Plans to extend settlement building in the occupied Palestinian territories would alter the situation on the ground on a scale that would make a two-state solution "almost inconceivable", the Foreign Secretary has said.
William Hague told MPs the proposals by the Israeli government would make a two-state solution "very, very difficult to implement in the future".
Israeli ambassador Daniel Taub was ordered to the Foreign Office by Middle East minister Alistair Burt on Monday to be told of "the depth of the UK's concerns" about the plan for 3,000 more homes for Jewish settlers.
The Foreign Office said "other measures" could follow depending upon the outcome of discussions with the Israelis and other international partners, including the US and the European Union.
Benjamin Netanyahu, the Israeli prime minister, announced the settlement plan after the United Nations General Assembly last week overwhelmingly backed a call for de facto recognition of a Palestinian state.
Mr Hague said: "We think that is the wrong way to react to what happened much as we had misgivings for some of these reasons about pressing a resolution at the United Nations, now that is the wrong way to react to that and that message is coming loud and clear from all around Europe and the United States as well."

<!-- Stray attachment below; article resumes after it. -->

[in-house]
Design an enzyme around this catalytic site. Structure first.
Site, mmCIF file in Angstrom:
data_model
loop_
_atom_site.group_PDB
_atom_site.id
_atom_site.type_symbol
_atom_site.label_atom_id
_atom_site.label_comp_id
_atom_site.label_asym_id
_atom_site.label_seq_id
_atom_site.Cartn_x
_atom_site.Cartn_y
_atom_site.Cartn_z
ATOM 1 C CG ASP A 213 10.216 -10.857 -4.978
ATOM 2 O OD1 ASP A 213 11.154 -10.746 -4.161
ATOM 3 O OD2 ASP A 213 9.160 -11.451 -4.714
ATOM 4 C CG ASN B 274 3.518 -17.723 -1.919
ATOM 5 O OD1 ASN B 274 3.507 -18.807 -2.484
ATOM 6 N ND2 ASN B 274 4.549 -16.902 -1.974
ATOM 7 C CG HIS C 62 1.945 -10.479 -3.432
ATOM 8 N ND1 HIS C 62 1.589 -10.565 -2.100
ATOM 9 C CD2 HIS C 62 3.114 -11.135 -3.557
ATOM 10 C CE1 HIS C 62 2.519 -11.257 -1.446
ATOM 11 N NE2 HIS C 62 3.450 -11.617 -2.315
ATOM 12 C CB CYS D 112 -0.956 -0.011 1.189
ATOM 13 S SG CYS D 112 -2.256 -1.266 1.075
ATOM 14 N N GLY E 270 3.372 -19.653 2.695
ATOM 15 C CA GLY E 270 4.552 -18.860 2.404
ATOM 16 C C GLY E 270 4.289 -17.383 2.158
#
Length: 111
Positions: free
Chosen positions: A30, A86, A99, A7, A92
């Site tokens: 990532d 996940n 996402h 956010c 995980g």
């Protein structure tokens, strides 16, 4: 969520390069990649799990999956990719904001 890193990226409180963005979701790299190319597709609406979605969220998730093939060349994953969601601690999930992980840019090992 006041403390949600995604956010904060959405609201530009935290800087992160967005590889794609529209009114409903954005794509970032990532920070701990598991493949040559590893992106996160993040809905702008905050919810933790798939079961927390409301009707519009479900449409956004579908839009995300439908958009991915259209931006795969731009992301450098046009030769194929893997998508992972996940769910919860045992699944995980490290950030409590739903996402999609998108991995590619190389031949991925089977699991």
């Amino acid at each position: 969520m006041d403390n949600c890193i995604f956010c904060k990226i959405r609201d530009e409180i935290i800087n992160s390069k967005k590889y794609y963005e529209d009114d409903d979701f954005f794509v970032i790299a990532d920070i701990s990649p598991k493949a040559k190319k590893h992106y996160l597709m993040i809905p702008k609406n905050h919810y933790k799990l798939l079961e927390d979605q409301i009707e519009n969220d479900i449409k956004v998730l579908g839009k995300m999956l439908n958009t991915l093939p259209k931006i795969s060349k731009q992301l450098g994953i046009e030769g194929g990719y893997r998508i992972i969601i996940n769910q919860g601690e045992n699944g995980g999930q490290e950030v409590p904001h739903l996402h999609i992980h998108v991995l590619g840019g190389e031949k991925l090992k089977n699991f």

Lib Dem deputy leader Simon Hughes said the settlement move was "neither the way to win friends nor to win peace".
Mr Hague replied: "He is absolutely right in everything that he has just said. If implemented, these plans that were announced on Friday would alter the situation on the ground on a scale that makes the two-state solution, with Jerusalem as a shared capital, almost inconceivable, very, very difficult to implement in the future."
Shadow foreign secretary Douglas Alexander asked, that in light of the decision by the Israeli Government to withhold £75 million of Palestinian customs duties, what conversations ministers had had in recent days specifically with international partners "as to how to sustain a functioning Palestinian Authority".
Mr Hague replied: "Of course we are in discussions with other countries about this and we will have to assess exactly what the financial implications are." Britain, he added, was already a major donor to the Palestinian Authority.